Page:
I have a Planet X EC-130 carbon road bike with Ultegra group set. I have the stated problem above; it mainly happens while in the smallest chainring and does it at all speeds. It sometimes goes 20 miles with no issues then will do it 6-12 times in quick succession.

I have had a friend ride the bike while I observe and the rear derailleur is being snagged somehow and springs towards the front of the bike before returning to its normal position, it doesn’t cause any issues just a very annoying loud metallic sound. Rear cassette and chainrings are fine, derailleurs have been thoroughly cleaned, new chain has been fitted and bike is kept and maintained to a high standard.

  • 4
    Sounds like something called “chain suck”. Search around for that.
    – Paul H
    Jan 24, 2023 at 16:40
  • Sorry to seem pedantic and can you find a better translator? 'Rear derailleur catches and springs towards front of bike' is (just) understandable but 'when in predominately in the smallest front chainring…' relies on guesswork. Can you find a better translator for 'when in predominately in the smallest front chainring…'? Jan 24, 2023 at 21:50
  • Can you reproduce it in a work stand? Or hang the bike on a beam or string or something from the saddle, like this: dero.com/wp-content/uploads/images/products/saddle-buddy/… Pedal with your hands, shift and see if you can see any strange behavior. The bike should shift smoothly into all gears, the chain should be properly aligned with the sprocket and the rear derailleur and its hanger shouldn’t be twisted or bent.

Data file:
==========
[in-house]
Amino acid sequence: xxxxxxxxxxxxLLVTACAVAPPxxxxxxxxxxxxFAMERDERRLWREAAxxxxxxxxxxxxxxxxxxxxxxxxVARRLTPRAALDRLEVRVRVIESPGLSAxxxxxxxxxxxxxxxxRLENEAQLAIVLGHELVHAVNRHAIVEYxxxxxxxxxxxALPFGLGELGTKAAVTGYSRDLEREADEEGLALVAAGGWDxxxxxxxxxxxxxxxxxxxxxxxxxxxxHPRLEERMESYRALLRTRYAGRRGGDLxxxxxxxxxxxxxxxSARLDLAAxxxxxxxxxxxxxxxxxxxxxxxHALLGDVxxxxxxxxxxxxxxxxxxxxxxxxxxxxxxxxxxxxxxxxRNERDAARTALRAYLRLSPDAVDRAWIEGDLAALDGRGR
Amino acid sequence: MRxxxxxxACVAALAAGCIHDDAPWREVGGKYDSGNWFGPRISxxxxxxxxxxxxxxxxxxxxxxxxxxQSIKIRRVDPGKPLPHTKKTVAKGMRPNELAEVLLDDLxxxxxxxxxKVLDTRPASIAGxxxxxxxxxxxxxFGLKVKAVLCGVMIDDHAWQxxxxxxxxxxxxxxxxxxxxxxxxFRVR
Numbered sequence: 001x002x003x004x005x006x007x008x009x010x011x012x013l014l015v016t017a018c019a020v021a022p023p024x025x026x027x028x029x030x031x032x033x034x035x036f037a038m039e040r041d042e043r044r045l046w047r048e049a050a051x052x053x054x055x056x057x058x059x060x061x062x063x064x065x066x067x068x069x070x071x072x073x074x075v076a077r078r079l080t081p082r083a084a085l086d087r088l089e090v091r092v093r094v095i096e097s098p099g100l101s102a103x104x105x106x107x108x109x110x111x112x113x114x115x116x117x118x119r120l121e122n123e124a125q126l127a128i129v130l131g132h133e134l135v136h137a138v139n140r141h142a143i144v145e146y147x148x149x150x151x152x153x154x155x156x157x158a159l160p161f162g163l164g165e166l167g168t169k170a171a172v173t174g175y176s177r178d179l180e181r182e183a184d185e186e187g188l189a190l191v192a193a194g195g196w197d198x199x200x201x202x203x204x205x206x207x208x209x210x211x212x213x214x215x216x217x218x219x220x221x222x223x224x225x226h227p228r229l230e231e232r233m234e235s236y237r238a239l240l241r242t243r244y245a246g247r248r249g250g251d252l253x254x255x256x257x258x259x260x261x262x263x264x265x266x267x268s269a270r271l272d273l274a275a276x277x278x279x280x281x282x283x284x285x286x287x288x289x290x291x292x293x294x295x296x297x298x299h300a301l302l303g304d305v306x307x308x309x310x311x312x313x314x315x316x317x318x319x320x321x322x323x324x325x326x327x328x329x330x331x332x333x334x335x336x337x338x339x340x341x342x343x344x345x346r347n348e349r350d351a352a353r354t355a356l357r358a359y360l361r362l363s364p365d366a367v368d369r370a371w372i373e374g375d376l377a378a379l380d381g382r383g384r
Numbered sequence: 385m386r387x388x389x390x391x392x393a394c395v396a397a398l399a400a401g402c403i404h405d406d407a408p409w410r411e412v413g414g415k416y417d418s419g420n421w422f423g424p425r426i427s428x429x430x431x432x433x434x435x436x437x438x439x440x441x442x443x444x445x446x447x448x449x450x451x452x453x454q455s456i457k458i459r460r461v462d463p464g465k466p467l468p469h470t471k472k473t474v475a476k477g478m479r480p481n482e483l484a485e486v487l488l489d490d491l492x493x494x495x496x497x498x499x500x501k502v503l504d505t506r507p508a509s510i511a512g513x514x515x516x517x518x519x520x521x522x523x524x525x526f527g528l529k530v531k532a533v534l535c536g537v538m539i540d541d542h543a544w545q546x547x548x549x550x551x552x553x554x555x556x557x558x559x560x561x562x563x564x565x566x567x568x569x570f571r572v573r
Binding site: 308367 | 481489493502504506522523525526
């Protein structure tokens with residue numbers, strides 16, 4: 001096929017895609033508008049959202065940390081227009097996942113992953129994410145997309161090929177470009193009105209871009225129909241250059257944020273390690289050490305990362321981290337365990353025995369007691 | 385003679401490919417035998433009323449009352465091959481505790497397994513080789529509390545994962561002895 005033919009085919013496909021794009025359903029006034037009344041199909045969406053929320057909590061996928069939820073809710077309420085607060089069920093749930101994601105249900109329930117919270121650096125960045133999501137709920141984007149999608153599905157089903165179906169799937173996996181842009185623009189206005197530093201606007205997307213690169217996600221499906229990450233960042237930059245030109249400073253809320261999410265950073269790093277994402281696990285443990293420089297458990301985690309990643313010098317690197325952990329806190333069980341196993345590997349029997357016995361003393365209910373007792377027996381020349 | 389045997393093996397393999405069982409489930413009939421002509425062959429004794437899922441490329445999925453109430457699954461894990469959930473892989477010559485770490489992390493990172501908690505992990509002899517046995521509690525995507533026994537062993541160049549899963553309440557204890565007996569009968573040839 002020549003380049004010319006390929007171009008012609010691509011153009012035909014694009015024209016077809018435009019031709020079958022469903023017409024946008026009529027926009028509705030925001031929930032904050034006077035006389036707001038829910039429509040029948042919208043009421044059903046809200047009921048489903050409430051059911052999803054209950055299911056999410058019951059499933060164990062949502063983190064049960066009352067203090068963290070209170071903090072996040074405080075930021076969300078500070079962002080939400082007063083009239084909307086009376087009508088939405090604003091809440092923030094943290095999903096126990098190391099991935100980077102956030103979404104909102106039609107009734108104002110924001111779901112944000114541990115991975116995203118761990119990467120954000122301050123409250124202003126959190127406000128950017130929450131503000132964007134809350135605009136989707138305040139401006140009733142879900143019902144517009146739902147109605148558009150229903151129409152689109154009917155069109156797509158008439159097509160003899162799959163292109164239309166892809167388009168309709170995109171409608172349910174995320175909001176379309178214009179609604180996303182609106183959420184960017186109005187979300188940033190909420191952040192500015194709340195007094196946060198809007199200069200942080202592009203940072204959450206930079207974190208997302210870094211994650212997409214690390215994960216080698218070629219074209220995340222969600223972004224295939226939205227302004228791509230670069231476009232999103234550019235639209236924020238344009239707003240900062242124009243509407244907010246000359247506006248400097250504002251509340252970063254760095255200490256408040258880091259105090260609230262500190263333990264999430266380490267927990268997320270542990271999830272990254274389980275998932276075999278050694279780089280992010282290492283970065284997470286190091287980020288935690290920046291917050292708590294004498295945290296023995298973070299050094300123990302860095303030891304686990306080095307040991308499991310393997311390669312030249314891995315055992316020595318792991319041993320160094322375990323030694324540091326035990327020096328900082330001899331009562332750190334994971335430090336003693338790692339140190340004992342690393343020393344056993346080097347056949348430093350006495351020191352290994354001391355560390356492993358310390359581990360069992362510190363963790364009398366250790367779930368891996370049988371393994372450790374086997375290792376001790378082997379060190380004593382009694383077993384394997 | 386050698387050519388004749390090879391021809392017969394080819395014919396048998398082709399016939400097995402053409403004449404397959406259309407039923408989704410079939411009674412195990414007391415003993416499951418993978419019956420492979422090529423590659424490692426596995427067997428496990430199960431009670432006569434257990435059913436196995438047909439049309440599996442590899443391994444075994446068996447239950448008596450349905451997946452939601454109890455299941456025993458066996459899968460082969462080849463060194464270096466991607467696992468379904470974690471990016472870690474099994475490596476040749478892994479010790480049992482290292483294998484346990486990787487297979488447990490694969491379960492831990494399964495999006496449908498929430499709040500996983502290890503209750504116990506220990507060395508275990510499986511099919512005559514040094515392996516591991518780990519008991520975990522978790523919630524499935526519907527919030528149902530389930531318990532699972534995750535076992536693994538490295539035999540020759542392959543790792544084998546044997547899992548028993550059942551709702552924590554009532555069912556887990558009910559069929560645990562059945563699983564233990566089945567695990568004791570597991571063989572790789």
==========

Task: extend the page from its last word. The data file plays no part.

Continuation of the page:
– Michael
    Jan 25, 2023 at 8:03
  • @RobbieGoodwin First quote: the derailleur cage rotates forwards (CCW viewed from drive side), meaning a sudden decrease in chain slack. Second quote: the problem primarily occurs in the small chainring (the bike likely has a 2x).
    – MaplePanda
    Jan 26, 2023 at 2:09
  • Thanks for that… Jan 26, 2023 at 22:56

1 Answer 1


Sounds like the chain is staying attached to the chainring while pedalling.
This is called Chain Suck

This pulls the low-tension lower run of chain forward, so the rear derailleur's cage is pulled forward against spring tension.

The spring pressure builds so the derailleur pulls the chain off the binding point and snaps back to its normal position.


  • Damaged/bent teeth in the chain ring that can grip the chain. If this, it will always happen in the same spot in your pedal stroke.
  • Damaged chain that manages to grip the chainring as it passes. If this is the cause, then the issue will appear about every-to-every-second pedal stroke. Unlikely since you have a new chain.

You mention this only happens in the small chainring- if its happening in small/small combinations, I wonder if the chain is snagging on the inside of the big chainring?

If you can replicate this in a workstand it will be much easier to find the cause. Do be mindful of fingers and hair when working really close to the chain; it can be quite unforgiving if it gets a taste of you.

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